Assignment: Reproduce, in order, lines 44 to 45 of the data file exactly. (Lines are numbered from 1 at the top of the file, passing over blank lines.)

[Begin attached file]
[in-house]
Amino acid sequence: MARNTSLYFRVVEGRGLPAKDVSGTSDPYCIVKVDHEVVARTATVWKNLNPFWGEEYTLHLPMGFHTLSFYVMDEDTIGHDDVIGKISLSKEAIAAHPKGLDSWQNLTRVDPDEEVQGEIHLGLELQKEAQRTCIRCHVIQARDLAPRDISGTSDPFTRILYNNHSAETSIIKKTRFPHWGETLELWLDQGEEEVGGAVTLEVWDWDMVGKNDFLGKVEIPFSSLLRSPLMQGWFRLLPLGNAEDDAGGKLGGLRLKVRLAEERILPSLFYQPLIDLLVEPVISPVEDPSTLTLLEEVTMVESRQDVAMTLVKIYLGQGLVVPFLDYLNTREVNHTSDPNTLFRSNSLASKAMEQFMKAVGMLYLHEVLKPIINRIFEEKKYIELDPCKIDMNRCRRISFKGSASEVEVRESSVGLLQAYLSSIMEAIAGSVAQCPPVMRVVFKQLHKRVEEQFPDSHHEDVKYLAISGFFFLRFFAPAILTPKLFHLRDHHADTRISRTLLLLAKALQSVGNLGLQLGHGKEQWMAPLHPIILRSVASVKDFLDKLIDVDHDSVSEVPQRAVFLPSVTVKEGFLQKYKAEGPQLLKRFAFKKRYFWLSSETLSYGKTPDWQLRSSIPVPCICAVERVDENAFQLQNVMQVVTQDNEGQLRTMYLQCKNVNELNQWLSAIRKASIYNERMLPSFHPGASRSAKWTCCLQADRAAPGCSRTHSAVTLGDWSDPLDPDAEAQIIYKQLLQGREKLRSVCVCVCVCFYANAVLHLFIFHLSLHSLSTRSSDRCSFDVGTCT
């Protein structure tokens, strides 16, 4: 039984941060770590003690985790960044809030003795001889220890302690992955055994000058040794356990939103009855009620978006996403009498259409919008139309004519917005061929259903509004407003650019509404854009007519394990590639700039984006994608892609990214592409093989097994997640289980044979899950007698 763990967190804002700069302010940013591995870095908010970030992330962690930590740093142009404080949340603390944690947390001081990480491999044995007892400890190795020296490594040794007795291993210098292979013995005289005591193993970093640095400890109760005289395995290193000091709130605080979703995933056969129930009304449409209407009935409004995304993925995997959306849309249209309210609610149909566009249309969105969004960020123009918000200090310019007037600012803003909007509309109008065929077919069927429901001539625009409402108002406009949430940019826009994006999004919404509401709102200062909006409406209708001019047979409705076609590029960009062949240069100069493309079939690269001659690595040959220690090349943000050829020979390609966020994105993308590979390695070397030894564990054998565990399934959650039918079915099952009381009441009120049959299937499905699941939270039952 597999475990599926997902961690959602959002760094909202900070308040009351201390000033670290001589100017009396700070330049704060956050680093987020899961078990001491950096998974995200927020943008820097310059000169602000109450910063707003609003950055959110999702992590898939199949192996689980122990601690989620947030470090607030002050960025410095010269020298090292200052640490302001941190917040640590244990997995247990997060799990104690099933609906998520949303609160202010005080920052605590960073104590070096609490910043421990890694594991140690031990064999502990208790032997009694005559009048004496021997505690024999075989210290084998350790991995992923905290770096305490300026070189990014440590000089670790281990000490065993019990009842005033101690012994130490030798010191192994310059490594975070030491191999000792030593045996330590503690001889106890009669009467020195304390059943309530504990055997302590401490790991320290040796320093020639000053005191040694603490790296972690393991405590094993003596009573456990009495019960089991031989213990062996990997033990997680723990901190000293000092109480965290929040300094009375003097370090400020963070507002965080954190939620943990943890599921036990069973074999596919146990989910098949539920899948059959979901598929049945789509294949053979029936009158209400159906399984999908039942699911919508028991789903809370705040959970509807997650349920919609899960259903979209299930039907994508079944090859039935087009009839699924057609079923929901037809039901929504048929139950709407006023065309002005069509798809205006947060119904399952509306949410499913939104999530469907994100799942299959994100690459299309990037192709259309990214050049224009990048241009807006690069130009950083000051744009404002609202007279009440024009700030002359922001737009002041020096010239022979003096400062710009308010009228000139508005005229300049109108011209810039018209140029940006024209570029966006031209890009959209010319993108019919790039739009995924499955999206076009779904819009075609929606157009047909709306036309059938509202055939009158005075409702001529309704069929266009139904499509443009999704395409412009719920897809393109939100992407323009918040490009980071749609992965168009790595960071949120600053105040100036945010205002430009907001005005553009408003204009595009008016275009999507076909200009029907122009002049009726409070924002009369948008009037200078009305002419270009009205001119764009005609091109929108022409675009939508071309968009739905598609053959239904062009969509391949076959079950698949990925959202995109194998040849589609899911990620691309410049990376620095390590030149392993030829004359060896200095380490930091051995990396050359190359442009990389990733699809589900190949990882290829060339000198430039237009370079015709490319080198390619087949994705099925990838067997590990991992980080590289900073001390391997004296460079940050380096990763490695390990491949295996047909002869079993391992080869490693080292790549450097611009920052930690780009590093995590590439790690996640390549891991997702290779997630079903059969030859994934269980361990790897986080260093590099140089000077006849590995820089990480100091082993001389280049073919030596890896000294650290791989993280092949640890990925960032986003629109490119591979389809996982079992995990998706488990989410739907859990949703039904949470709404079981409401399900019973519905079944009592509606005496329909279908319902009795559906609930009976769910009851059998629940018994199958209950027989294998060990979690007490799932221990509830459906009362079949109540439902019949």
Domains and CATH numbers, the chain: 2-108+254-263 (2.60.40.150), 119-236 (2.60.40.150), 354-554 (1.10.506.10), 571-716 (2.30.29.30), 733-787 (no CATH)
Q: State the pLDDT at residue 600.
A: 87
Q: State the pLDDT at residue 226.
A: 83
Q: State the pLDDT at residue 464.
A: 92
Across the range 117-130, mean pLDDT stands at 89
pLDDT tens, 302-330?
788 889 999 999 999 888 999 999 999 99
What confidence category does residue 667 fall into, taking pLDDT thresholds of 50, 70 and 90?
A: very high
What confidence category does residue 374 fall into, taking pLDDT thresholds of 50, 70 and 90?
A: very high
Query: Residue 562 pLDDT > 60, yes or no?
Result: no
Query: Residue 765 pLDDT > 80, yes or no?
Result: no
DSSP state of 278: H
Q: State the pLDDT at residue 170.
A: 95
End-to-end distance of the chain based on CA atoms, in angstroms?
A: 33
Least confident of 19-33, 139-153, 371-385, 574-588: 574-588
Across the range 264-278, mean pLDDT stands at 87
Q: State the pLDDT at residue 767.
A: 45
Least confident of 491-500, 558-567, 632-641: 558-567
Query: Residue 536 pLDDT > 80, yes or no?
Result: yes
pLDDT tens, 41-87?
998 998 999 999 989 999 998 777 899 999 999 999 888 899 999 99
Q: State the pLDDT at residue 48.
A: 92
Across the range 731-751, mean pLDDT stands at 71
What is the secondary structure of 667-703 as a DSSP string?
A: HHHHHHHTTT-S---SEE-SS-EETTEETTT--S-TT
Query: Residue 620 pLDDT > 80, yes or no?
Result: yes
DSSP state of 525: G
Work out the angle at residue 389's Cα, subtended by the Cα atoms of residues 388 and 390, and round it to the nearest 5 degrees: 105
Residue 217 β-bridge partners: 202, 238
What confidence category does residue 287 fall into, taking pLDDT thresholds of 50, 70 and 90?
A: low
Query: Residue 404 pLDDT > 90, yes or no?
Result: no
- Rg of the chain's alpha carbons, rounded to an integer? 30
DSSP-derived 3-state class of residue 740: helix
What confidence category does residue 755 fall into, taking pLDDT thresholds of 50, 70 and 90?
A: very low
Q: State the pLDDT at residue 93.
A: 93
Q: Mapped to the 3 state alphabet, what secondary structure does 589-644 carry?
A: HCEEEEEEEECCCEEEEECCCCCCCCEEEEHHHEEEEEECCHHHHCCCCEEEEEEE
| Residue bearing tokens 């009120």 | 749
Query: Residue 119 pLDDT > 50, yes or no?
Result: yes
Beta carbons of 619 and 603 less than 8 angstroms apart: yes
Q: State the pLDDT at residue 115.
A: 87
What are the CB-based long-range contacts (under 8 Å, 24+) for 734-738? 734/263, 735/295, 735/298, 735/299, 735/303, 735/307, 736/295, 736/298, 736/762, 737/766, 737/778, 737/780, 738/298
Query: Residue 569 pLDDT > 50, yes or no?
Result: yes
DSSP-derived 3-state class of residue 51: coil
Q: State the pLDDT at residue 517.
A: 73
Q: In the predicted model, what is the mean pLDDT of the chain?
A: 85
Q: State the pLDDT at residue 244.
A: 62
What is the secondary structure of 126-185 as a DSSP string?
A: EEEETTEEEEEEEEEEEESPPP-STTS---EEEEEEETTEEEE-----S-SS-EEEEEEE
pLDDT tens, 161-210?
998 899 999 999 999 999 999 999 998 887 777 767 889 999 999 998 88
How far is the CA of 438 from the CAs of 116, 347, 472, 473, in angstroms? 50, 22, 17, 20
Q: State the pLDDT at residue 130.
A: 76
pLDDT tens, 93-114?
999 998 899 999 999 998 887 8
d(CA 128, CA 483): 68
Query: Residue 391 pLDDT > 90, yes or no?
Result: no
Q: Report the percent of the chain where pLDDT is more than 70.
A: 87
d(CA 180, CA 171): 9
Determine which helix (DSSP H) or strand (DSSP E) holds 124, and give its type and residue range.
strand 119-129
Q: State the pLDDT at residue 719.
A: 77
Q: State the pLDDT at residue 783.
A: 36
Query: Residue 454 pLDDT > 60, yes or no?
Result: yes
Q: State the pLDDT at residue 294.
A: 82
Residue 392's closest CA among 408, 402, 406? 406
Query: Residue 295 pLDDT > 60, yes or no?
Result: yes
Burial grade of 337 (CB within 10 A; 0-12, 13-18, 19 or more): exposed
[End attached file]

Work out the angle at residue 389's Cα, subtended by the Cα atoms of residues 388 and 390, and round it to the nearest 5 degrees: 105
Residue 217 β-bridge partners: 202, 238